The 5 most important human rights topics to consider for your business strategy in 2022

Article

With 2022 approaching (shockingly fast), this is the moment to take stock of where your company is at, and whether you have been able to achieve what you wanted over the past 12 months. An increasing number of businesses are considering their performance beyond mere finances. For socially responsible businesses, reflecting on their social and environmental impact during the past year is equally as important. Such reflection is also necessary to see where your business is falling short, or where there is the capacity for additional steps.

This article will set out the most important business and human rights-related issues for 2022, which should be addressed in any business’s human rights strategy for next year. Some of these topics have been high on the agenda for years now, underlining the urgency with which businesses need to address them. 

1. Supply chain traceability and due diligence

Human rights due diligence in 2022 will likely be guided by forthcoming legislation. Estimated to come into force in March 2022, the European Union (EU) has drafted a much-delayed resolution regarding corporate due diligence and corporate accountability. Below the EU level, and likely due to the EU’s slow pace, individual countries have begun drafting their own respective corporate due diligence legislations. Most recently, the Netherlands announced its law on human rights and environmental due diligence. France and Germany already preceded the Netherlands with their own due diligence legislation.

Starting steps towards compliance for businesses of any size towards effective human rights diligence:

  • Formulate which benchmarks you want to uphold across your value chain as well as within your own operations.
  • Map out which parties are part of your value chain. Such an analysis should take into account the location of parties along your supply chain and its accompanying country-risk, as well as an identification of risks regarding the nature of work, the industry, lack of governmental protection, and workers’ employment relationships.
  • Take responsibility for your supply chain by ensuring that every link is bound by your benchmarks and has processes in place to transparently report on their operations in accordance with these benchmarks to you.
  • Empower workers across your value chain (see below under #2) by making them aware of their rights against their employer.
  • Engage with your stakeholders to see how each group may be impacted by business decisions and operations. Establish policies and monitoring practices regarding how these impacts are tracked.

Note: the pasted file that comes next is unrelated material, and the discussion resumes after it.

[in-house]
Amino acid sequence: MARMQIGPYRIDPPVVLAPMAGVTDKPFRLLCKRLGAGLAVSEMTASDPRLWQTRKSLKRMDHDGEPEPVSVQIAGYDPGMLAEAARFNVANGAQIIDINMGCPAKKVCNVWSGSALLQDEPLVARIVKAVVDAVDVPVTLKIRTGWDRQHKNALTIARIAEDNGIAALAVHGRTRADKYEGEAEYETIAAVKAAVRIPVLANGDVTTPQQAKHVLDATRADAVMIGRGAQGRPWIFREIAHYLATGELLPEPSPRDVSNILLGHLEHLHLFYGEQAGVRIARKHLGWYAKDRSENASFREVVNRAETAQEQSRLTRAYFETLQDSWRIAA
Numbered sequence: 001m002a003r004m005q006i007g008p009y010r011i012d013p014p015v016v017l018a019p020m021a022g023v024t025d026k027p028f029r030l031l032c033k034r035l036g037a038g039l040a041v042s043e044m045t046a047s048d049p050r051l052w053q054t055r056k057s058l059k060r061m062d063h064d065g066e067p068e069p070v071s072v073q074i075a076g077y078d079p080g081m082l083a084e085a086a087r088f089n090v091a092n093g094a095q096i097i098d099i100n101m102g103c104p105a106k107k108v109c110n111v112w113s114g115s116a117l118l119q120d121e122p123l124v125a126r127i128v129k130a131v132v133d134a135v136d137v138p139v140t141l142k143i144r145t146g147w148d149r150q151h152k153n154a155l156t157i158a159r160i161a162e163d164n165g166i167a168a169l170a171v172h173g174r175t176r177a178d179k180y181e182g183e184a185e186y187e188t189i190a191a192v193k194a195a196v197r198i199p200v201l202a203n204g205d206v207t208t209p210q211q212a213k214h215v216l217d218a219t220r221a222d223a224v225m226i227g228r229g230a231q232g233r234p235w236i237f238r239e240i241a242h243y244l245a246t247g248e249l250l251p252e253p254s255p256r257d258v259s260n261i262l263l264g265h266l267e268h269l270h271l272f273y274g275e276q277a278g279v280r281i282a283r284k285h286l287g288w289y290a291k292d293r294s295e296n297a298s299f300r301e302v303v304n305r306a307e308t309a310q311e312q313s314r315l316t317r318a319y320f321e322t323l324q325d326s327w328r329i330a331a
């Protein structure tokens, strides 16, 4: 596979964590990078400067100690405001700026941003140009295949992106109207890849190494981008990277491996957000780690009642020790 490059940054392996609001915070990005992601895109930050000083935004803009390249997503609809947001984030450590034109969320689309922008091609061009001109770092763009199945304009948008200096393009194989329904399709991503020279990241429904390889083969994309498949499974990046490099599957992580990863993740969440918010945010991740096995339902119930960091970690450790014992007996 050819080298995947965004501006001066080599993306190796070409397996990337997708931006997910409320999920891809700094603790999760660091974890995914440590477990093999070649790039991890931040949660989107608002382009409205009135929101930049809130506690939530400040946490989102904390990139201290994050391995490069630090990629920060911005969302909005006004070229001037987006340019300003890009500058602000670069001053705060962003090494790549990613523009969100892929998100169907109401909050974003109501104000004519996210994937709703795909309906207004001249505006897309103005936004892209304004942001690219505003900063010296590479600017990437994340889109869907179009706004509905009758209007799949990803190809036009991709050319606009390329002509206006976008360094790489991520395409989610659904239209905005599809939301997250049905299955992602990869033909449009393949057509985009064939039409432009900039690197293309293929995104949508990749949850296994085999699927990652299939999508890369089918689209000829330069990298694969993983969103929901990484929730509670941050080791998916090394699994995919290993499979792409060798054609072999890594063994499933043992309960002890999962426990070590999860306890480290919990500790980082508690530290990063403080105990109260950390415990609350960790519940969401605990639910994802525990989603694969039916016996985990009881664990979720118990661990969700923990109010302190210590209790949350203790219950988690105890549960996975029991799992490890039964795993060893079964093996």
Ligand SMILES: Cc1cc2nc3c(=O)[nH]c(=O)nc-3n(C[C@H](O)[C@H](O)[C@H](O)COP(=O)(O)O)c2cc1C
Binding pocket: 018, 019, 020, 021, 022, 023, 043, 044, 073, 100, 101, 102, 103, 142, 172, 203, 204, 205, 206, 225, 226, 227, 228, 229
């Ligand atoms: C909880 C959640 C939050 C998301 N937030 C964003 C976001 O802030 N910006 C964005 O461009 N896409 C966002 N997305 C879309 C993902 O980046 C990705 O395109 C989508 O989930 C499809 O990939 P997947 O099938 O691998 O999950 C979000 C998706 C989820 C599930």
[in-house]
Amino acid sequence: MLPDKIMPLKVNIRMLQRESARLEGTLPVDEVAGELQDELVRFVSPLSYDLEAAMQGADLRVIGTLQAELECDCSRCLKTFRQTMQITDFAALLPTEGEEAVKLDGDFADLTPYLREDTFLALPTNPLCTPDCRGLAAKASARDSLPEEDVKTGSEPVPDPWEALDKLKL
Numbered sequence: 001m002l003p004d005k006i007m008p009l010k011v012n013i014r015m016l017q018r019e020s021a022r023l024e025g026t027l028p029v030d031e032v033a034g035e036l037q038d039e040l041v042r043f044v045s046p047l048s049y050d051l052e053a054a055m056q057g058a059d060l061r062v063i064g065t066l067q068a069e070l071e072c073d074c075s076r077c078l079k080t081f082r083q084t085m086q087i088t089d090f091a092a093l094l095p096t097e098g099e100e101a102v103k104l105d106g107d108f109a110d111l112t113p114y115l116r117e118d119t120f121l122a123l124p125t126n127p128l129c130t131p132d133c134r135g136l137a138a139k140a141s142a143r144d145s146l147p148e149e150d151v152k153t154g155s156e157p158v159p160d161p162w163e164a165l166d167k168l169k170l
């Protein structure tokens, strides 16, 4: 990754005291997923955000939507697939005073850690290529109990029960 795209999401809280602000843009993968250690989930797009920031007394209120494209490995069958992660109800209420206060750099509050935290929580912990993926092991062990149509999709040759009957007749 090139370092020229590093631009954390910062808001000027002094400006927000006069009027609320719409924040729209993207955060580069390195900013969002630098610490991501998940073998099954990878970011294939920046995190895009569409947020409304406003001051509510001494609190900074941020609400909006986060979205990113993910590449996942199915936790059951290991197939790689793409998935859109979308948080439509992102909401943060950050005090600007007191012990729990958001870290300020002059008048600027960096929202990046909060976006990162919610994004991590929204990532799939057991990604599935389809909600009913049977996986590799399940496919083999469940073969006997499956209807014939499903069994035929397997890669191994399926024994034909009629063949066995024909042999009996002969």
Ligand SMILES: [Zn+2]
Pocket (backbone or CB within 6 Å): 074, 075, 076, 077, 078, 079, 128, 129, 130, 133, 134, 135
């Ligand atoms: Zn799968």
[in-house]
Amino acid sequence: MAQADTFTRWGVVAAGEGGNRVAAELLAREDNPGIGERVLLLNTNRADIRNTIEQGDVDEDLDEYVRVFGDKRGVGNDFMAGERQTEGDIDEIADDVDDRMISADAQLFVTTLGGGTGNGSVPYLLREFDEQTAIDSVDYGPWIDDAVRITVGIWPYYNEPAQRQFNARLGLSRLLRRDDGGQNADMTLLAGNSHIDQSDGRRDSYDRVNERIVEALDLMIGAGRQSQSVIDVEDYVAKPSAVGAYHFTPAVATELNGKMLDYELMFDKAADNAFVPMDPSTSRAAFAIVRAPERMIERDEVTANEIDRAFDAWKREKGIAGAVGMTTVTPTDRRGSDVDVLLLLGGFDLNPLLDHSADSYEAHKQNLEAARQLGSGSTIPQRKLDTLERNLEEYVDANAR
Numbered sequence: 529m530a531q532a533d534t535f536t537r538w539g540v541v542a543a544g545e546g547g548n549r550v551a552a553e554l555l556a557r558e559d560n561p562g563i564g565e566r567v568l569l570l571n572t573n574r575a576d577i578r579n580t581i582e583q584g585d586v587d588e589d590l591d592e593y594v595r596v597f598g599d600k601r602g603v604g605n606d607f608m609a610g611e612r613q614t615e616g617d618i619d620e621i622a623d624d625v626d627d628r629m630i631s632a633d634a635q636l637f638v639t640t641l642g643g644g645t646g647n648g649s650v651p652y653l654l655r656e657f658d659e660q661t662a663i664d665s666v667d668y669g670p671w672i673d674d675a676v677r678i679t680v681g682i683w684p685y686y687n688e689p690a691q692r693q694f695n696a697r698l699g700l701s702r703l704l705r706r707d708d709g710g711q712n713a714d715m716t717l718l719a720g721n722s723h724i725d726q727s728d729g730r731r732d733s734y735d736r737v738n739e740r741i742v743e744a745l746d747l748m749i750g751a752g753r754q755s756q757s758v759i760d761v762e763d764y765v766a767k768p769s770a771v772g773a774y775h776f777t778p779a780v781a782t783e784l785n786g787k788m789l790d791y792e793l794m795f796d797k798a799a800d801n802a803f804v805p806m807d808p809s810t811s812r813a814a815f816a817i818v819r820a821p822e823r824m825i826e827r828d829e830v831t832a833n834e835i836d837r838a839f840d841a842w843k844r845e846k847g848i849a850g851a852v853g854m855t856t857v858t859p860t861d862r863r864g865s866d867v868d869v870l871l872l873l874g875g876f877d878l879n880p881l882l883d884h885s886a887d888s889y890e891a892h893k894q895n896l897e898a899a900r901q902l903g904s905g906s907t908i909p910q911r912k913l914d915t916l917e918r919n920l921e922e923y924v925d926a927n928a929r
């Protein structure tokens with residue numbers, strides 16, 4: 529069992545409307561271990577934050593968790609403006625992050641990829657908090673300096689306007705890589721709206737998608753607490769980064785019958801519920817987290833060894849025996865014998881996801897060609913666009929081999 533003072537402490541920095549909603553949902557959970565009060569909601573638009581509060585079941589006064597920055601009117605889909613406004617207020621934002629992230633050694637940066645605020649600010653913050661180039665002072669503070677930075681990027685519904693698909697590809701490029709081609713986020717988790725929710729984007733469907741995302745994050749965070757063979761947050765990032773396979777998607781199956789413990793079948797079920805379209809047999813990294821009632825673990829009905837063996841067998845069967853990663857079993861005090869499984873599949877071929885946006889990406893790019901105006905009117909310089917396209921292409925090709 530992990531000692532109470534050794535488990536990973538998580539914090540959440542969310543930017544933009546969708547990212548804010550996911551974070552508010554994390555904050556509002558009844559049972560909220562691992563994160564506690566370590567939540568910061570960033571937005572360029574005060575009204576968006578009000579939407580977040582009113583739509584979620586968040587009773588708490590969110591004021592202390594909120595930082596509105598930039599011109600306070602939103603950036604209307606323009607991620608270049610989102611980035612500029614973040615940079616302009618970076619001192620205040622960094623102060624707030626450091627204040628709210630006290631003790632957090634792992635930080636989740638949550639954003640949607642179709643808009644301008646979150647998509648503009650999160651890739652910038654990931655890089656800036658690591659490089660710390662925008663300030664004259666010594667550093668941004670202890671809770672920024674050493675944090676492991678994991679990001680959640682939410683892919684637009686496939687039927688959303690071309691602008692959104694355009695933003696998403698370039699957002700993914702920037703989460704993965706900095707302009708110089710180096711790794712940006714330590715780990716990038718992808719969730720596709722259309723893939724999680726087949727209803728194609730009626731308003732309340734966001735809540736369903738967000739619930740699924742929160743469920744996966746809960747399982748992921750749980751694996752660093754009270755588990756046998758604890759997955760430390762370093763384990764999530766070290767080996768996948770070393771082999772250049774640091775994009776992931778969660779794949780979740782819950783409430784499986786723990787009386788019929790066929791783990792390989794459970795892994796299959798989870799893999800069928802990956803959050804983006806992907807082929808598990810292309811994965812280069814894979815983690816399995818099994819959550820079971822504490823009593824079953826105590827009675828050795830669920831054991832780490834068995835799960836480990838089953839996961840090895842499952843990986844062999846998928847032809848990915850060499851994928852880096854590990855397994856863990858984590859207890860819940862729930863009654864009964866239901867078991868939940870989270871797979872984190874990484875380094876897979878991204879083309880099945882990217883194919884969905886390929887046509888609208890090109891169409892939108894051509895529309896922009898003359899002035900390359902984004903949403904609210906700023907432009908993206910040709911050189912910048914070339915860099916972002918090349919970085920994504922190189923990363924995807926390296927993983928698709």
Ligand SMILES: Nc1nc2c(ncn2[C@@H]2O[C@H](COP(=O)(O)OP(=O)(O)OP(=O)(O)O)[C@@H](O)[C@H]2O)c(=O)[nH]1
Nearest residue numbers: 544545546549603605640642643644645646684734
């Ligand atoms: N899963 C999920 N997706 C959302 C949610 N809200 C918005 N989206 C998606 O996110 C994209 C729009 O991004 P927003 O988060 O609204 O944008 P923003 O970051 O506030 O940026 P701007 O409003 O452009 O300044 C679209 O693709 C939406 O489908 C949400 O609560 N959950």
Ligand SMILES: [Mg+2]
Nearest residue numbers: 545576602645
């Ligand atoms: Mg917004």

• Enable workers’ access to justice by setting up the proper, unbiased grievance mechanisms to handle indications of (potential) human rights abuse(s).
  • Report publicly on steps taken by you with regard to human rights due diligence. Analyse possible outcomes, learn from them, and improve.

2. Empower and diversify your workforce

Having a human rights strategy in place within your business is not just about responsibly exercising your own power. Businesses should be taking further steps towards empowering vulnerable groups to exercise their own rights. Socially responsible businesses should actively engage with their workforce. As such you will be able to prevent labour rights issues or mitigate them in a human-rights friendly manner when they do arise. Workforce, in this regard, should include workers across the value chain. Businesses should enable workers to understand and access their human rights, specifically their rights to freedom of association and collective bargaining.  

Moreover, racial and gender diversity within the company continues to be a priority on the business and human rights agenda. Thus far, businesses have focused heavily on metrics and numbers to satisfy calls for more diverse workforces. Diversity and inclusion within the workforce must be felt by the workers, not shown through numbers and data. Companies need to move beyond demographic attributes and invest in and measure engagement and experience.

3. The link between climate change and human rights

Climate change is increasingly recognised as a human rights issue. Businesses must take into account climate change considerations in order to comply with their responsibilities regarding human rights. The deep interlinkage between climate change and human rights implies that climate change itself may threaten the enjoyment of human rights – such as the right to life, right to water and sanitation, and the right to health.